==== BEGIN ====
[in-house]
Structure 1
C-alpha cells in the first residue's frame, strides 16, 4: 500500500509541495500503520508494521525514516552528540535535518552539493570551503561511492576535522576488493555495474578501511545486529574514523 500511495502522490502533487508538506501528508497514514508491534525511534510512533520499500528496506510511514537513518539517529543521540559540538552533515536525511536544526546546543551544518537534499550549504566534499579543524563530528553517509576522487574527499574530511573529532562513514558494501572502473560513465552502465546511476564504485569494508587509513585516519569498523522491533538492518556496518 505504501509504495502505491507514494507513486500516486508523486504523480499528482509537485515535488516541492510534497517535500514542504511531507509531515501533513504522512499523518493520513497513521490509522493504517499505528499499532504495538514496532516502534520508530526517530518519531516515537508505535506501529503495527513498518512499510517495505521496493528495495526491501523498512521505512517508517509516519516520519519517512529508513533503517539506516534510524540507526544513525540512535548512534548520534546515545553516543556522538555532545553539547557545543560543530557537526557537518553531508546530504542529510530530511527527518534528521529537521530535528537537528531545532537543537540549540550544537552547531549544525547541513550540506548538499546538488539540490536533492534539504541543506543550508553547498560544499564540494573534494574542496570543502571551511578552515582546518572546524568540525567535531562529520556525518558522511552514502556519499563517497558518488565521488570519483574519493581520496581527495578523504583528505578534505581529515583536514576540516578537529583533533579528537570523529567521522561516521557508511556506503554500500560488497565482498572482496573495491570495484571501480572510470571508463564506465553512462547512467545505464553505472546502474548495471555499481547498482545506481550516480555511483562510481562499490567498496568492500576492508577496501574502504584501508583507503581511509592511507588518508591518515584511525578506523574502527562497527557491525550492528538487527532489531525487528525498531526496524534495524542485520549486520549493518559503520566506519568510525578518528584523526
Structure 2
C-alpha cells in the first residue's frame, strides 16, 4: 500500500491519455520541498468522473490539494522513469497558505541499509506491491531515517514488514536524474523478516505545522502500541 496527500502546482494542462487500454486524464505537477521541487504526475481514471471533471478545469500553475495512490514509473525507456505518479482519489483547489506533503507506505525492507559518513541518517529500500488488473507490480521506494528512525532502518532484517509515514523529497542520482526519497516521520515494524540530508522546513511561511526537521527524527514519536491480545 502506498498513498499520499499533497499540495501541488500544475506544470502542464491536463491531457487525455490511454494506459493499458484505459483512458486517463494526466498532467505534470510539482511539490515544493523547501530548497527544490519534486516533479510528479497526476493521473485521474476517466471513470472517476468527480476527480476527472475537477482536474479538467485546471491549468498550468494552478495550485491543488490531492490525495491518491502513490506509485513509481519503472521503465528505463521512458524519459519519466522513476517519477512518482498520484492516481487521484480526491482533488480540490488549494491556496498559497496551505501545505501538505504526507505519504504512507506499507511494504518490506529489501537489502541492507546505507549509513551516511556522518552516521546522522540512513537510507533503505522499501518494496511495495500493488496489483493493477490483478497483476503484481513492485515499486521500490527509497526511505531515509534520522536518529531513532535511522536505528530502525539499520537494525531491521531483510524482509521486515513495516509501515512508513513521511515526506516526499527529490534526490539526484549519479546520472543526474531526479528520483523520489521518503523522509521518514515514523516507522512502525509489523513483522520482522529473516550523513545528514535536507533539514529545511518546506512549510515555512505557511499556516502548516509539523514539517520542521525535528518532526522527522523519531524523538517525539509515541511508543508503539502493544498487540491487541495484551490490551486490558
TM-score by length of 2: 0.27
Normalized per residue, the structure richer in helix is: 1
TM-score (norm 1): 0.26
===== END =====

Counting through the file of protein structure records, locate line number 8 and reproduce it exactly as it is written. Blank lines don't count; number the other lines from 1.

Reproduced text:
TM-score (norm 1): 0.26